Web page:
glen powell sitting at a table dressed like patrick bateman

Glen Powell’s Take on an Iconic Killer in ‘Hit Man’ Is Perfection

Hit Man is easily one of the best movies I’ve seen this year. Glen Powell’s Gary Johnson is a man who gets way too deep into his “hit man” personas as he is trying to help the police department in New Orleans catch people trying to hire murderers.

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Gary caters his personas to the person he is trying to trap. That means he relates to them, gets them to trust him, and then gets the information he needs to make sure the cops have a case against them. We see a variation of personas in the movie, and one named Tanner really lets Powell channel his inner Matthew McConaughey to let his Texas side out.

The whole collection of them shows Powell’s range as an actor, but one really sticks out to me.

It is really impressive seeing how many “characters” he can play, but there is one that really speaks to me as a person—one that I just love. You can see a bit of him in this promo for the movie that asks, “Which hit man would you date?”

A hit man who says, “You don’t need to know my name,” and tells us to just call him X is your typical Wall Street bro and even explains his preferred method of disposing a body, which is just the “Sigma Suicide” approach, a.k.a. a clean disposal. If you weren’t clued into what impression Powell was doing before, X says that he is “no psycho.”

He’s Patrick Bateman, American Psycho’s own, and as the number one expert on all things American Psycho, I was not prepared for how good Powell was going to be at his Christian Bale impression—which then made me realize that if we are going to revisit this world, I’d let Powell do it.

I believe he needs to return some videotapes

Christian Bale as Patrick Bateman in American Psycho

Patrick Bateman is a beyond fascinating character to me. He is a man who may (or may not) murder people. His wealth makes him numb to the crimes he’s committing (in his mind), and every version of the character is more depraved than the next. The musical version of Patrick has no kind of humanity to him, the movie Patrick slowly loses his sense of reality, and in the book, it is a mix of the two.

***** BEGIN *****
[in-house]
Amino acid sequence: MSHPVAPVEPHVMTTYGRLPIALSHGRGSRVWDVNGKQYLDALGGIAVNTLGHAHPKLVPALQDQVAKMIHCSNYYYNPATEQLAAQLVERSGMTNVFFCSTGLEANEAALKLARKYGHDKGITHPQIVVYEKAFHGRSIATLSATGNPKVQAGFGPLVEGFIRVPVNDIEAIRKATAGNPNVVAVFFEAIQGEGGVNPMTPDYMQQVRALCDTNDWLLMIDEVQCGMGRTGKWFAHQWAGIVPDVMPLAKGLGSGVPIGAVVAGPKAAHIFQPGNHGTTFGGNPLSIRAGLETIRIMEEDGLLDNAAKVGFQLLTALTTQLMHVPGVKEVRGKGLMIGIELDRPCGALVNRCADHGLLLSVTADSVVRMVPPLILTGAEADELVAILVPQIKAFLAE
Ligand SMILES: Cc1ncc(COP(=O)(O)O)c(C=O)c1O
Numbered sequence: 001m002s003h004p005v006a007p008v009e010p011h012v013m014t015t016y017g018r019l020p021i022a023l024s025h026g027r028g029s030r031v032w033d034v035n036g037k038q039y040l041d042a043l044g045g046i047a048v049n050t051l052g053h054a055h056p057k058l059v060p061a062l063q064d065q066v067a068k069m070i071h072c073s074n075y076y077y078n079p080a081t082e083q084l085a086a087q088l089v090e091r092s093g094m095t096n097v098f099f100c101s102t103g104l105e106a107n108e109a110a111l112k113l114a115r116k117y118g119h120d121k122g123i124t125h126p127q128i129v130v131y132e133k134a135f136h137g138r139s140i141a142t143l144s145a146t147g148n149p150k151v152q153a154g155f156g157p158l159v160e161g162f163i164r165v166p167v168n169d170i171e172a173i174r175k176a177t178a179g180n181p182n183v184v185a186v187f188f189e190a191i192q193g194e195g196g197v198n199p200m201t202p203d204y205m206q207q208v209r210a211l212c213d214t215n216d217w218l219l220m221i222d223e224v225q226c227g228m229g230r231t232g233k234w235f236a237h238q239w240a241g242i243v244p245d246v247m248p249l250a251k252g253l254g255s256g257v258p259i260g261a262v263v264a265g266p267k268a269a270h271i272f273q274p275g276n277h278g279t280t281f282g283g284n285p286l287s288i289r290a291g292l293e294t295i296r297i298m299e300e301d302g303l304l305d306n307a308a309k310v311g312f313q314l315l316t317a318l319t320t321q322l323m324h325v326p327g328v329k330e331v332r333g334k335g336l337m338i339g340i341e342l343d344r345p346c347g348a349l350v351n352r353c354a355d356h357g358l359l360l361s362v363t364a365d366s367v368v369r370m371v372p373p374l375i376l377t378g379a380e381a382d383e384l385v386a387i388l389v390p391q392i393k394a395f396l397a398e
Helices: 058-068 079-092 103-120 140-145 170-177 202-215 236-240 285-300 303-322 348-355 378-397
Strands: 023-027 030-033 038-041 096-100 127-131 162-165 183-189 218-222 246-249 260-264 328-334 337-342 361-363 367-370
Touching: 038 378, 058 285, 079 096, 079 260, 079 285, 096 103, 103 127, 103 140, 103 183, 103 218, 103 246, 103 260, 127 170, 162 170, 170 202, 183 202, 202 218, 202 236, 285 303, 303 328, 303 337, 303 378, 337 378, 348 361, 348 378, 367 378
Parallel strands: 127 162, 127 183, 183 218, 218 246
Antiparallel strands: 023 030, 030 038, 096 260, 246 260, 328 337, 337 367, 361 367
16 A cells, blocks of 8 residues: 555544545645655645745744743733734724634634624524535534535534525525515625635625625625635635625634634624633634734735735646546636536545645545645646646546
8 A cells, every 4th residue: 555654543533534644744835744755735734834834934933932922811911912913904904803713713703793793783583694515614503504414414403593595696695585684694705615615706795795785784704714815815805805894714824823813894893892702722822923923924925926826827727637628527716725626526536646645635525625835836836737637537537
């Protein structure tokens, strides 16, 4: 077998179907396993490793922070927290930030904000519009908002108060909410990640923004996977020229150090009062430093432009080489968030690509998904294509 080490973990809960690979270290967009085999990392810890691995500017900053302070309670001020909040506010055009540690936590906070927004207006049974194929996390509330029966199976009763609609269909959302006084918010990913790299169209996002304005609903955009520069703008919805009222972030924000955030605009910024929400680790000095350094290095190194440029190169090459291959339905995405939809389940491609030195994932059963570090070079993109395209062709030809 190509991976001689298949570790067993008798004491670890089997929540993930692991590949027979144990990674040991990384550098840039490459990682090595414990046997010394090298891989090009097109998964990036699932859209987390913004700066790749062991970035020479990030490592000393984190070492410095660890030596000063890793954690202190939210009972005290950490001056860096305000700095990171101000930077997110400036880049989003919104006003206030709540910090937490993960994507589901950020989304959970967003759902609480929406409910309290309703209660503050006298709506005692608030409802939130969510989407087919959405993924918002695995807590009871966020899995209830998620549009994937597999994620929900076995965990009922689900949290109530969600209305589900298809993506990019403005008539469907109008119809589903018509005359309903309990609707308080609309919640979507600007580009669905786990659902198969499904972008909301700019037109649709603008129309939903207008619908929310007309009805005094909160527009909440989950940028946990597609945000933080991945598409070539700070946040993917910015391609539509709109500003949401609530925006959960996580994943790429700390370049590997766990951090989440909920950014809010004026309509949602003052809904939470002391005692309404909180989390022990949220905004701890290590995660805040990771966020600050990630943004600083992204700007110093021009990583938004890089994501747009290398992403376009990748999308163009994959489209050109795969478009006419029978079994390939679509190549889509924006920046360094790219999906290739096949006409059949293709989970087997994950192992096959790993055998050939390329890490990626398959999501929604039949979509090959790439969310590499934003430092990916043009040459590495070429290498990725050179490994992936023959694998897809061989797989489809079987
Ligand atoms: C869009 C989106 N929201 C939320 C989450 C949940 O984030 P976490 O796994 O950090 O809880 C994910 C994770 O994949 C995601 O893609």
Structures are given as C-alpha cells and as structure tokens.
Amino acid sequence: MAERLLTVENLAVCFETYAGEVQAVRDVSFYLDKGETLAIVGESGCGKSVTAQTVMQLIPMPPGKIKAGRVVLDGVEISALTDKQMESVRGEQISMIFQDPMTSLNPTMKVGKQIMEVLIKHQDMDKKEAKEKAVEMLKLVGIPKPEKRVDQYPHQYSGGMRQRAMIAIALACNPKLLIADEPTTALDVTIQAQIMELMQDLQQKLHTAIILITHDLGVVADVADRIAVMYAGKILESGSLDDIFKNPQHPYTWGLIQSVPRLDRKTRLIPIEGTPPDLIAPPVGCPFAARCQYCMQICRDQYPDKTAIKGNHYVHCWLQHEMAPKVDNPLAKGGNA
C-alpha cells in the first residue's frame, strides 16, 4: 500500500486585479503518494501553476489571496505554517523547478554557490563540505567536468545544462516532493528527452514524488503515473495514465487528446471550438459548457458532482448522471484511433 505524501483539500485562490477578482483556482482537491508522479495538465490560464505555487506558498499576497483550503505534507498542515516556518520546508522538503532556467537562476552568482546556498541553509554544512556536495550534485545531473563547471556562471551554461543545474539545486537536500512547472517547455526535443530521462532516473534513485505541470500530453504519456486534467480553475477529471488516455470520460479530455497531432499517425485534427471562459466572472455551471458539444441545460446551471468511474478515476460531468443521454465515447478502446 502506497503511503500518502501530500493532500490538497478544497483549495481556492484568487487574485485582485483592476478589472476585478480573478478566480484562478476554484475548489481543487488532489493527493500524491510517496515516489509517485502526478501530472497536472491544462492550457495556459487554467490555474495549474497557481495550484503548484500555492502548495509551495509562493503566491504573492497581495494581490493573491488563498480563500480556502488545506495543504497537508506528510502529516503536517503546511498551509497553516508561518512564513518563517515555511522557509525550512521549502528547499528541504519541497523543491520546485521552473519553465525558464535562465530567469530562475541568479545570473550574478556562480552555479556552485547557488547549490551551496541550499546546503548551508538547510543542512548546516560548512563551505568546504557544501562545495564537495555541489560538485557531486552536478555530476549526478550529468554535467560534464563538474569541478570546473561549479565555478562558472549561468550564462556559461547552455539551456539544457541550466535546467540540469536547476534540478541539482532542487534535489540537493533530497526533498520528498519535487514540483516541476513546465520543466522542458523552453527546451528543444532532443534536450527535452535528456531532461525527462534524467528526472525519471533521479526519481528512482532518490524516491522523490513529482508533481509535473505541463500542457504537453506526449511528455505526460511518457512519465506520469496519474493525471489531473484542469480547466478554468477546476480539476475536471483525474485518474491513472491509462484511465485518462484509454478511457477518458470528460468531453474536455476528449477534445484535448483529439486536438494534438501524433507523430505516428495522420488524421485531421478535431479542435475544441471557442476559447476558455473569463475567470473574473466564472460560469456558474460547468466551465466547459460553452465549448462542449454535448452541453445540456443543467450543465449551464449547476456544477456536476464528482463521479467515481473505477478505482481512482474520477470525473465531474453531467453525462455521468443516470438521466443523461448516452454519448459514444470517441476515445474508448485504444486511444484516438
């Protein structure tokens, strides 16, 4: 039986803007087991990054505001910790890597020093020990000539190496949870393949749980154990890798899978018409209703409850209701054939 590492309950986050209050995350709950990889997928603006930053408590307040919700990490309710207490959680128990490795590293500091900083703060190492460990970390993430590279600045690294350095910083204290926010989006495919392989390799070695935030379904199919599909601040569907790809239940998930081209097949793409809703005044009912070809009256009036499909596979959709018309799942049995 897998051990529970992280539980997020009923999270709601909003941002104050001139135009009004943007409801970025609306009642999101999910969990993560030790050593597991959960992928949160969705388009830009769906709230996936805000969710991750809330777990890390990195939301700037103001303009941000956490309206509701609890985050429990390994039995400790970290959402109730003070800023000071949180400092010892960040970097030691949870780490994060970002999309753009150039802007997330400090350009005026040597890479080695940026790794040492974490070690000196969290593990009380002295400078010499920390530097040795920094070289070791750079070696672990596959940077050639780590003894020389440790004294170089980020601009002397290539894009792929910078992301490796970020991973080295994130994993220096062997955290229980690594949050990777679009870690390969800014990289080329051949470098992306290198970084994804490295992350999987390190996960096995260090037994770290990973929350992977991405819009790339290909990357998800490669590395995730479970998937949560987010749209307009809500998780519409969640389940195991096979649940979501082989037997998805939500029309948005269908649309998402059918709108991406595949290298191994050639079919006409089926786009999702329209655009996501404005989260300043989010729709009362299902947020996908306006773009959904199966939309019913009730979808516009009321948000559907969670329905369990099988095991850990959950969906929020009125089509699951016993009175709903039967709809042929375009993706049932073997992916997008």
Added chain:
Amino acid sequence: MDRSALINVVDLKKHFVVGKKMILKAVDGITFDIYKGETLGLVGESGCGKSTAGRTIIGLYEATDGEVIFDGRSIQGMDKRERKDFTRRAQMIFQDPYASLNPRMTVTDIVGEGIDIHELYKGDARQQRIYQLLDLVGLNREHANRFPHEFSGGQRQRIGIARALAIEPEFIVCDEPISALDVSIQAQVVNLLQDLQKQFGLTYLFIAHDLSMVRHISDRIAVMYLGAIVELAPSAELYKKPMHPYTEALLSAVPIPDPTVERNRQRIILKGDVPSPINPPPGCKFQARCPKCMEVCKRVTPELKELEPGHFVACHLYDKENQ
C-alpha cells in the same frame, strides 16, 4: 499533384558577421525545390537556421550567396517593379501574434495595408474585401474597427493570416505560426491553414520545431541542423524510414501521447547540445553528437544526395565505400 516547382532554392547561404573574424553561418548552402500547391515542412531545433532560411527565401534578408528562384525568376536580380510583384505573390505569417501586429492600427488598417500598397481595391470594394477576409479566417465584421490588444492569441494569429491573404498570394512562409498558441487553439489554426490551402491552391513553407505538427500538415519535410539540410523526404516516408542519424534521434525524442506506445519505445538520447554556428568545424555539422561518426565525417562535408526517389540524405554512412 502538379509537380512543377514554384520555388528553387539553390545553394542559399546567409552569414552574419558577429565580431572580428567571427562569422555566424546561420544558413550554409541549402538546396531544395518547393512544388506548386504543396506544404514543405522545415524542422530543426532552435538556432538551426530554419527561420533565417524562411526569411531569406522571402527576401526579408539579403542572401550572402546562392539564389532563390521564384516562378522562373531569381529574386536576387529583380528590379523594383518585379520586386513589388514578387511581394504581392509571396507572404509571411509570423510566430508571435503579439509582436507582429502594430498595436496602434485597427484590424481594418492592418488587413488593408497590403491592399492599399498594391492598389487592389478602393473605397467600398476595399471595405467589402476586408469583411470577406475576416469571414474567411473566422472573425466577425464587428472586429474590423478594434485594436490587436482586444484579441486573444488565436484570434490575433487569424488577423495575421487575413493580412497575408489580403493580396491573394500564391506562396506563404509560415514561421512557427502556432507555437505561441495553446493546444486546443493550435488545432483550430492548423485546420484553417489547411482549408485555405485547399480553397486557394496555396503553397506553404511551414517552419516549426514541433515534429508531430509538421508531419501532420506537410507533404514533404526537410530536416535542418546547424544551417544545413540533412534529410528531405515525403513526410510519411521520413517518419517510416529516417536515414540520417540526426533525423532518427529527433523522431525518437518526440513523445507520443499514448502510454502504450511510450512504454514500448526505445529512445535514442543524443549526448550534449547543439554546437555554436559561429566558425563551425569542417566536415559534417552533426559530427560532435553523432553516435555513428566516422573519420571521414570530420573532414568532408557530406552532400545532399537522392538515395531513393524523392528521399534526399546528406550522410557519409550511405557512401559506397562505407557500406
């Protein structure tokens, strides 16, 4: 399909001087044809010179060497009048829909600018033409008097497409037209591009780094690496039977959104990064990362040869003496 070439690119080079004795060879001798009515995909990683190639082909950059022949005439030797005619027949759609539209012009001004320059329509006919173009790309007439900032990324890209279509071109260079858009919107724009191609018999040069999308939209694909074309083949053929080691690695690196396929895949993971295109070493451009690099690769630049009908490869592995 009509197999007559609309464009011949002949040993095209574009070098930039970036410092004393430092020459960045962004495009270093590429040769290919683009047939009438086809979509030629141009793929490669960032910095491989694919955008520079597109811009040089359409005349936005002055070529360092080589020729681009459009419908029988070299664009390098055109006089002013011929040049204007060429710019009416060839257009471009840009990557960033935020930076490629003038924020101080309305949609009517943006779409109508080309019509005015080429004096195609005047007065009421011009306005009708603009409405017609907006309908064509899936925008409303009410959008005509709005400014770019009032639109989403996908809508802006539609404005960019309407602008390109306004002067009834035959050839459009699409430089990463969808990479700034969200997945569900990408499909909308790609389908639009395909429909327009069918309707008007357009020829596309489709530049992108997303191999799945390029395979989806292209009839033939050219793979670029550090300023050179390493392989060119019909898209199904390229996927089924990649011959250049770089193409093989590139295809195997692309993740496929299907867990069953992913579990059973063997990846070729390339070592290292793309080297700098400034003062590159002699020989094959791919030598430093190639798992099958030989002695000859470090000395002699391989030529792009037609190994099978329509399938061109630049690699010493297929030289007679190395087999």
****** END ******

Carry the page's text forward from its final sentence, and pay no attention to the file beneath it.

There has been talk of revisiting this story. I have a lot of feelings about it, and I wasn’t exactly thrilled at the idea—and then I saw Powell doing a jokey version of Patrick Bateman and it got my wheels turning. The thing is: We can’t do the same Patrick. But a Patrick with the charm of Glen Powell? I’d be way more interested right out of the gate.

I just think that this little moment was a gift for specifically me because I screamed in the theater when I saw how good he was at channeling Christian Bale’s Bateman. So while I may never have my new take on Patrick Bateman with Powell behind it, at least I will always have his take on X in Hit Man.

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Rachel Leishman
Rachel Leishman (She/Her) is an Assistant Editor at the Mary Sue. She's been a writer professionally since 2016 but was always obsessed with movies and television and writing about them growing up. A lover of Spider-Man and Wanda Maximoff's biggest defender, she has interests in all things nerdy and a cat named Benjamin Wyatt the cat. If you want to talk classic rock music or all things Harrison Ford, she's your girl but her interests span far and wide. Yes, she knows she looks like Florence Pugh. She has multiple podcasts, normally has opinions on any bit of pop culture, and can tell you can actors entire filmography off the top of her head. Her work at the Mary Sue often includes Star Wars, Marvel, DC, movie reviews, and interviews.